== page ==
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2007 Bernardin-O'Connor Award for Pro-life Journalism: Best Overall Pro-Life Feature

Men of Birthline Program Helps New Dads

By Sue Schulzetenberg, Staff Writer

Saint Cloud Visitor
Diocese of Saint Cloud, MN
December 13, 2007

ST. CLOUD – Five years ago, when expectant mothers met with personnel at Birthline in St. Cloud, the baby’s father, if he accompanied her, would wait in the lobby or in the car.

But that time spent waiting outside has since been transformed into time spent more productively, thanks to male role models who volunteer through an initiative called Men of Birthline. The program assists men who are in unexpected or crisis pregnancy situations.

Birthline is a Christian non-profit agency that provides personal services and support to anyone confronted with an unexpected pregnancy, and promotes respect for life and those personal values, attitudes, and behaviors which prevent unwanted pregnancies.

“It’s a good deal for dads who don’t know where to turn,” said Enoch Dix, one of125-130 expectant fathers who have participated or are participating in the Men of Birthline program. “I’m sure if Birthline doesn’t have an answer, they will be able to find it.”

Started about five years ago, Men of Birthline matches expectant fathers with trained volunteers who assist with providing information on legal responsibilities, budgeting, child rearing, and referrals and information about topics such as jobs and housing. The volunteers also listen to the men to determine their needs and concerns — physical, psychological, spiritual — and help them set goals.

“There are so many guys who want to do the right thing but they don’t know what the right thing is,” said Linda Allen, executive director of Birthline Inc. in St. Cloud.

Expectant fathers determine how often they wish to meet with a Men of Birthline volunteer. Many just come once, but others, like Dix, come every month for multiple months. They vary in age, but most are between 18 and 24. Their concerns vary. Some request very specific information about some issue related to fatherhood. A few talk about not wanting or being ready to raise a child. Others need help with long-term goal setting, ridding themselves of bad habits or even finding faith.

“We always ask them where they are spiritually,” said Greg Medvec, a Men of Birthline volunteer.

Joe Bertram, another Men of Birthline volunteer, added that they try to help the young men see that lack of belief won’t help them. During their conversations, volunteers don’t judge or condemn, but instead try to help meet the clients’ needs, which might include growing in faith.

“You will need something to get you over this, and God will help you,” Medvec said.

Sometimes, while an expectant father is meeting with the Men of Birthline volunteer, the mother is meeting simultaneously with a woman mentor from Birthline. Subsequently, all four people meet to compare what they think and how they feel.

The man and the woman might have a differing ideas and viewpoints about their situation and circumstances, but when they share their personal stories and mesh them together they often come to a greater sense of where they’re going, Allen said.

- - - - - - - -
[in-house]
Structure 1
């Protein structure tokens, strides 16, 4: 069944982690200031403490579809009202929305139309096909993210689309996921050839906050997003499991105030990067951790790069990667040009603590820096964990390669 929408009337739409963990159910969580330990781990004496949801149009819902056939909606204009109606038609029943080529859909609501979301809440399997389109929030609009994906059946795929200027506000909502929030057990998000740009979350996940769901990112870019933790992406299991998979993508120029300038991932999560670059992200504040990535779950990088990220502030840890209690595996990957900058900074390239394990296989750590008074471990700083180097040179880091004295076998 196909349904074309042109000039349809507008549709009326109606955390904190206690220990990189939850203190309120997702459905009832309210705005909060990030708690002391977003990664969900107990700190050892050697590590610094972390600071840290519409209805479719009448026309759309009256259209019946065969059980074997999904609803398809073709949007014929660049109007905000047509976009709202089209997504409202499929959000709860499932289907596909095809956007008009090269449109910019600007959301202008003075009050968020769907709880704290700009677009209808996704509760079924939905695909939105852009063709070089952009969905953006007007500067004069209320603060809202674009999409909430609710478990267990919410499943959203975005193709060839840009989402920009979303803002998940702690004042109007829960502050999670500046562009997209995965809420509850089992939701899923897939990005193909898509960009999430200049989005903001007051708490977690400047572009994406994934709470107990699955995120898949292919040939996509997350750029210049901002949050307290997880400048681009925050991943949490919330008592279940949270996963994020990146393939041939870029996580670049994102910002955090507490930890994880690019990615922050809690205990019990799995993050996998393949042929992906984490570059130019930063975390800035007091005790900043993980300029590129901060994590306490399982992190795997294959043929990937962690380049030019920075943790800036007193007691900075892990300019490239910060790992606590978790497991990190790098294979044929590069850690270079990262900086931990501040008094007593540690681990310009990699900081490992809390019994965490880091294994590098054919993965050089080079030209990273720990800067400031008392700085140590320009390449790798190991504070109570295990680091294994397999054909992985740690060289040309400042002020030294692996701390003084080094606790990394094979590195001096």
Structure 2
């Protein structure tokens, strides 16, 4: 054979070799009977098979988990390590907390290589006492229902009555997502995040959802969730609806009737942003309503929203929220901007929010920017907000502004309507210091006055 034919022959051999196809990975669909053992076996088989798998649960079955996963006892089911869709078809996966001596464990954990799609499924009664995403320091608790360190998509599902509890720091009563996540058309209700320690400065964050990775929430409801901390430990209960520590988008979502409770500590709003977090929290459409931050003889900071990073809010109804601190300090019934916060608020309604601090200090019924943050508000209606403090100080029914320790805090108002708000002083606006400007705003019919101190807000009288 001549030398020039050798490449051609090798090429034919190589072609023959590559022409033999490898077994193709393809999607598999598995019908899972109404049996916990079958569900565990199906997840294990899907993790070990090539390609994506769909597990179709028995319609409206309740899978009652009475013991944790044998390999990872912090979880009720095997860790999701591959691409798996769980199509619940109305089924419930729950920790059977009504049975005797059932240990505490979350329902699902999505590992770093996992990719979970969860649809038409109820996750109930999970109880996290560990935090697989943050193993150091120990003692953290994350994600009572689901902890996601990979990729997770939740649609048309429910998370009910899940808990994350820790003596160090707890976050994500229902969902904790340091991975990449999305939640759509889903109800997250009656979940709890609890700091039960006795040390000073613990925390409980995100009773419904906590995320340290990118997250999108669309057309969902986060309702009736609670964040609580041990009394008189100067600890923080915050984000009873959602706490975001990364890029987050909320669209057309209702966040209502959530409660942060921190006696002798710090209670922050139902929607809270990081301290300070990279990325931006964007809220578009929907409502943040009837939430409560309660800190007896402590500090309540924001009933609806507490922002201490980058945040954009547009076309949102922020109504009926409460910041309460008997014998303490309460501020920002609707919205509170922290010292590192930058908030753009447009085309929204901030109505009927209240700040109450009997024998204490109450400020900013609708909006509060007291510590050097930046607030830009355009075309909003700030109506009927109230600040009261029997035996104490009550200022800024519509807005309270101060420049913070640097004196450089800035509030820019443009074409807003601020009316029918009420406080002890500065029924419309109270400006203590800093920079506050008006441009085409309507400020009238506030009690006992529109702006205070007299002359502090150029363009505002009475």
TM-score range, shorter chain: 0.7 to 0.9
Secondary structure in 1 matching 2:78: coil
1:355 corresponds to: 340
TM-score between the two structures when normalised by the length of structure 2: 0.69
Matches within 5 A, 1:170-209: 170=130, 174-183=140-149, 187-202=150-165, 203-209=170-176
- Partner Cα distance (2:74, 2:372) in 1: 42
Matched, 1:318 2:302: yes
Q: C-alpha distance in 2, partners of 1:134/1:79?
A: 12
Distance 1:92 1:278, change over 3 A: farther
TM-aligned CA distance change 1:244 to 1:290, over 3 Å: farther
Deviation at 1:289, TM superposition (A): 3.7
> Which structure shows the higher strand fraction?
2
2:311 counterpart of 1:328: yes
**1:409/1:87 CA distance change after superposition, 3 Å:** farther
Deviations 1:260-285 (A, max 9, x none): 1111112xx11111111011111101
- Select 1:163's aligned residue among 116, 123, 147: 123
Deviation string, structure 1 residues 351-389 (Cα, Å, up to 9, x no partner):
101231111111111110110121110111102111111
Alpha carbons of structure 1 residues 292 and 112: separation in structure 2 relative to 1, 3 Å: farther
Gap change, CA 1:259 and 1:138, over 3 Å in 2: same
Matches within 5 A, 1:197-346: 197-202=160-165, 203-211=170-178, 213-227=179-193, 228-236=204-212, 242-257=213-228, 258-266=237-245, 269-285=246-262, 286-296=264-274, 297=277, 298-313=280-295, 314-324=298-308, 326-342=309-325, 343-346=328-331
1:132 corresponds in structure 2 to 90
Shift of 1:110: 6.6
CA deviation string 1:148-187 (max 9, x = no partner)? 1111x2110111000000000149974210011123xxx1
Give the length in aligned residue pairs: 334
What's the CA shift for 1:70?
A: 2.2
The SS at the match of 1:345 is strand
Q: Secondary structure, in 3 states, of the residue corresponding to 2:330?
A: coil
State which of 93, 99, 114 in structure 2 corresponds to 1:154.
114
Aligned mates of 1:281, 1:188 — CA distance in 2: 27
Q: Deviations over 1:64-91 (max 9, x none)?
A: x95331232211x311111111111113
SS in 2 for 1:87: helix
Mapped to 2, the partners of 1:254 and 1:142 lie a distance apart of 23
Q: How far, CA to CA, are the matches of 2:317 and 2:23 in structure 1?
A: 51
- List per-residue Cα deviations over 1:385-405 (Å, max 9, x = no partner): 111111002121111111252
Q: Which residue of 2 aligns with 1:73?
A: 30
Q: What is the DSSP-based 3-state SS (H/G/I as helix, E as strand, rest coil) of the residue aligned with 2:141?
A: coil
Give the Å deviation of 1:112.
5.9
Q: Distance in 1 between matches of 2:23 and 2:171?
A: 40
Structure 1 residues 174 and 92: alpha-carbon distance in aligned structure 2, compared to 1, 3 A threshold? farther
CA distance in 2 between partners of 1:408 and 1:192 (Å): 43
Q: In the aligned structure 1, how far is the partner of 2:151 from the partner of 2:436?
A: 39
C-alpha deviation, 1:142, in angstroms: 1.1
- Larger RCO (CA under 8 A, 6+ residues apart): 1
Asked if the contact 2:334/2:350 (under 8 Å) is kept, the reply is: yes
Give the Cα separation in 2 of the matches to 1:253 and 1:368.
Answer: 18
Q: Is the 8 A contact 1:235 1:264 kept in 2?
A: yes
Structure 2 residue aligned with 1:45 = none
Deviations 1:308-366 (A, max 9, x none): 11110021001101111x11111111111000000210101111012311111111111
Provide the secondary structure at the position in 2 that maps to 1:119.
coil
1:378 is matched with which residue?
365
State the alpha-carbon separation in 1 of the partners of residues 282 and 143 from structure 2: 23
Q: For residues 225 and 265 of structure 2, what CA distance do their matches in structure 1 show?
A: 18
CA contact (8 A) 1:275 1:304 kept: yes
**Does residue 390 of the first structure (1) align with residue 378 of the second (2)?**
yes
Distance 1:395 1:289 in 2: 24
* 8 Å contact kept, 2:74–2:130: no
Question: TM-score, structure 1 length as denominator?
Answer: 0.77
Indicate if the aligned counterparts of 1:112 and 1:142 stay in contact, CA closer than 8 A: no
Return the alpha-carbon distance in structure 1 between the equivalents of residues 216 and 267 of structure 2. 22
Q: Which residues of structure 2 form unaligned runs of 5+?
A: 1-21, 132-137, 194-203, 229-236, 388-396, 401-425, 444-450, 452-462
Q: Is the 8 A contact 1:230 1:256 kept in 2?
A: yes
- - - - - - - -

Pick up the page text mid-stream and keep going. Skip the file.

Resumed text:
Other times, because of their schedules, the mother and father meet at different times. Sometimes a man meets with a Birthline volunteer even if his partner chooses not to become a Birthline client. In one of those cases, Medvec met with a father who wanted to see his child but the mother refused to let him.

Dix and his girlfriend, Maggie, both meet with people at Birthline, but not necessarily at the same time. He began meeting with a Men of Birthline volunteer after Maggie told him about it and suggested he go too. So far, he has met with a volunteer twice and is participating in Birthline’s Stepping Stones program, which helps parents learn more about parenting or adoption and set education, career and personal goals while earning “money” to buy baby products at the Birthline store.

His meetings with volunteers have helped him learn more about Birthline, parenting tips and “doulas” or people that accompany a woman in labor and provide support and suggestions for the parents before and after birth.

“It’s mainly about getting it fresh in your mind, how to be a good father and be mentally prepared,” Dix said.

Dix looks forward to March, when his child will be born.

“It will be fun to have a child of my own,” he said.

Because some fathers only meet with a Men of Birthline volunteer once, Bertram and Medvec say they don’t always know if their meeting had an impact or not. However, the important thing is the fact that the fathers came in to meet with them in the first place, Medvec said.

In addition, Bertram said that if they’ve helped save one child, they’ve accomplished their goal. He also recalls that one of his clients called him “the dad I never had,” to his surprise.

He also recalled how poignant and touching it is to see clients, with their family, later on.

“It’s neat to see these people when they really do have the child,” Bertram said.

 

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